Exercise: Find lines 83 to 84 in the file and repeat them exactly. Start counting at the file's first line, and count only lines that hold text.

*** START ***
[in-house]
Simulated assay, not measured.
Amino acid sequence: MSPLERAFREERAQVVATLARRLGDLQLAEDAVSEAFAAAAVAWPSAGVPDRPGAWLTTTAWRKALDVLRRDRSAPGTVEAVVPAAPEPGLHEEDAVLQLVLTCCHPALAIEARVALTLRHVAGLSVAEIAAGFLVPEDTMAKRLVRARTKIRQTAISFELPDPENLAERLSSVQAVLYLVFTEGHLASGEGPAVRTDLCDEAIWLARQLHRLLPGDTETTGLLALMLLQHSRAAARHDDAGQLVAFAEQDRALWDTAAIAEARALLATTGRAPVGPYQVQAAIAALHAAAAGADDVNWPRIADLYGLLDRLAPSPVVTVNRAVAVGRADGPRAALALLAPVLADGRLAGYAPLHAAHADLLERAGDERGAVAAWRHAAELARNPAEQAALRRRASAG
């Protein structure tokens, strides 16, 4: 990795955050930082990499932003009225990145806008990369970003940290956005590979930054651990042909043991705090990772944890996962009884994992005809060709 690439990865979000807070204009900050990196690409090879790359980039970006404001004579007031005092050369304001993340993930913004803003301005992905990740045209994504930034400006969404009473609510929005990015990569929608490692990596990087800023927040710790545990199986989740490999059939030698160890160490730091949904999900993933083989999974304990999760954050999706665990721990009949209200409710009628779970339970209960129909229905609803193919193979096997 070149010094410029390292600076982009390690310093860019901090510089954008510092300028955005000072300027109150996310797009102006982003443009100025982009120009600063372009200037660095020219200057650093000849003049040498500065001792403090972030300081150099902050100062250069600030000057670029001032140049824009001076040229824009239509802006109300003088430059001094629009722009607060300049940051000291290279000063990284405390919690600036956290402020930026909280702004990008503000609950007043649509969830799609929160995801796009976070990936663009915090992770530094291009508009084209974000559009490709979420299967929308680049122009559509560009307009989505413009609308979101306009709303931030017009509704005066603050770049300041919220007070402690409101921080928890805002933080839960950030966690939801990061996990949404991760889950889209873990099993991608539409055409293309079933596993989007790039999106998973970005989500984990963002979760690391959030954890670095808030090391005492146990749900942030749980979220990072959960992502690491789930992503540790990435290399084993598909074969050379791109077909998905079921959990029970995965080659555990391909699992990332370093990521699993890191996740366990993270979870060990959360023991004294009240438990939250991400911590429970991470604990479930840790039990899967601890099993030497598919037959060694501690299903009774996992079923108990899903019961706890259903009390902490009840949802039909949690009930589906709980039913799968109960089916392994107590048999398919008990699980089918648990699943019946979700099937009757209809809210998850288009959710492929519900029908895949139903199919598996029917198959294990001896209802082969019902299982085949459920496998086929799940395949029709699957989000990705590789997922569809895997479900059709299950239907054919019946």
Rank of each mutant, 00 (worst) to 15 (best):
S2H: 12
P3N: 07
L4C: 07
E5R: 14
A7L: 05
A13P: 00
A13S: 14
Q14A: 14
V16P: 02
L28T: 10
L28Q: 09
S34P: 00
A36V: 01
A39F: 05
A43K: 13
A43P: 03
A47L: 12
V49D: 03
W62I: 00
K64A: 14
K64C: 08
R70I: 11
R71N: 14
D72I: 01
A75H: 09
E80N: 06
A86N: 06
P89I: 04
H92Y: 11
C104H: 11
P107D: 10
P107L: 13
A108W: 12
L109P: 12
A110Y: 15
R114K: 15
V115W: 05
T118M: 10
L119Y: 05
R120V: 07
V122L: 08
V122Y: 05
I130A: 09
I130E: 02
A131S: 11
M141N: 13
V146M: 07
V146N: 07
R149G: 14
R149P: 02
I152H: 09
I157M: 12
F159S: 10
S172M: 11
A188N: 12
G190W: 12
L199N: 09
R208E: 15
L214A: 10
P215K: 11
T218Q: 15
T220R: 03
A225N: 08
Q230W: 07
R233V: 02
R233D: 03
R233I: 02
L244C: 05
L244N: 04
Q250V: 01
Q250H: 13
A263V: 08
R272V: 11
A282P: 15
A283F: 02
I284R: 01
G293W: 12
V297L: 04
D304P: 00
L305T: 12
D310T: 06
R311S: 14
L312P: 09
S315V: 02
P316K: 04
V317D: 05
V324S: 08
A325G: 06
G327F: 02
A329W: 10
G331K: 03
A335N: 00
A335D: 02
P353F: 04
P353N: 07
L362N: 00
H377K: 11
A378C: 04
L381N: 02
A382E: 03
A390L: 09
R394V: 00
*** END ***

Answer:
V297L: 04
D304P: 00